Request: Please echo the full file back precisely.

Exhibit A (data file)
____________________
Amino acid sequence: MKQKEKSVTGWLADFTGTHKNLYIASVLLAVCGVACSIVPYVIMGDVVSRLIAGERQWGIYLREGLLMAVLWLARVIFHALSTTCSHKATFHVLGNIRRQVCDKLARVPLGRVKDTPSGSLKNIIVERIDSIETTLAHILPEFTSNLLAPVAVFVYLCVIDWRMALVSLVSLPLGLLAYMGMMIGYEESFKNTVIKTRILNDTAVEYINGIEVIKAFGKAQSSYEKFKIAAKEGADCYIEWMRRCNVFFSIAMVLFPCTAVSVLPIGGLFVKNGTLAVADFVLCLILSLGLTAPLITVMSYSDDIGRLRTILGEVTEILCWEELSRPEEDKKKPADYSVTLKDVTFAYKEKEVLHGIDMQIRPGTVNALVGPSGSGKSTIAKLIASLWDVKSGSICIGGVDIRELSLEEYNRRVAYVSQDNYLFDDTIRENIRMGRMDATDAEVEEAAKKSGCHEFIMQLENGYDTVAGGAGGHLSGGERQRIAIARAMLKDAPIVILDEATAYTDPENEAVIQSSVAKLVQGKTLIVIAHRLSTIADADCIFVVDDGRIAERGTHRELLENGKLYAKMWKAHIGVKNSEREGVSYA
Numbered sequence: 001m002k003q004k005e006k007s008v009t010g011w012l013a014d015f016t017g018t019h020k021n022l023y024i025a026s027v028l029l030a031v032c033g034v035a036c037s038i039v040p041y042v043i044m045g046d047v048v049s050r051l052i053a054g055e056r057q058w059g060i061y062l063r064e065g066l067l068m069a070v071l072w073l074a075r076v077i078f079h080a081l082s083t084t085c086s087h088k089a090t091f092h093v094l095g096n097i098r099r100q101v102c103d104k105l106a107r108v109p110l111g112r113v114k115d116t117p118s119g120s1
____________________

Amino acid sequence: MKQKEKSVTGWLADFTGTHKNLYIASVLLAVCGVACSIVPYVIMGDVVSRLIAGERQWGIYLREGLLMAVLWLARVIFHALSTTCSHKATFHVLGNIRRQVCDKLARVPLGRVKDTPSGSLKNIIVERIDSIETTLAHILPEFTSNLLAPVAVFVYLCVIDWRMALVSLVSLPLGLLAYMGMMIGYEESFKNTVIKTRILNDTAVEYINGIEVIKAFGKAQSSYEKFKIAAKEGADCYIEWMRRCNVFFSIAMVLFPCTAVSVLPIGGLFVKNGTLAVADFVLCLILSLGLTAPLITVMSYSDDIGRLRTILGEVTEILCWEELSRPEEDKKKPADYSVTLKDVTFAYKEKEVLHGIDMQIRPGTVNALVGPSGSGKSTIAKLIASLWDVKSGSICIGGVDIRELSLEEYNRRVAYVSQDNYLFDDTIRENIRMGRMDATDAEVEEAAKKSGCHEFIMQLENGYDTVAGGAGGHLSGGERQRIAIARAMLKDAPIVILDEATAYTDPENEAVIQSSVAKLVQGKTLIVIAHRLSTIADADCIFVVDDGRIAERGTHRELLENGKLYAKMWKAHIGVKNSEREGVSYA
Numbered sequence: 001m002k003q004k005e006k007s008v009t010g011w012l013a014d015f016t017g018t019h020k021n022l023y024i025a026s027v028l029l030a031v032c033g034v035a036c037s038i039v040p041y042v043i044m045g046d047v048v049s050r051l052i053a054g055e056r057q058w059g060i061y062l063r064e065g066l067l068m069a070v071l072w073l074a075r076v077i078f079h080a081l082s083t084t085c086s087h088k089a090t091f092h093v094l095g096n097i098r099r100q101v102c103d104k105l106a107r108v109p110l111g112r113v114k115d116t117p118s119g120s1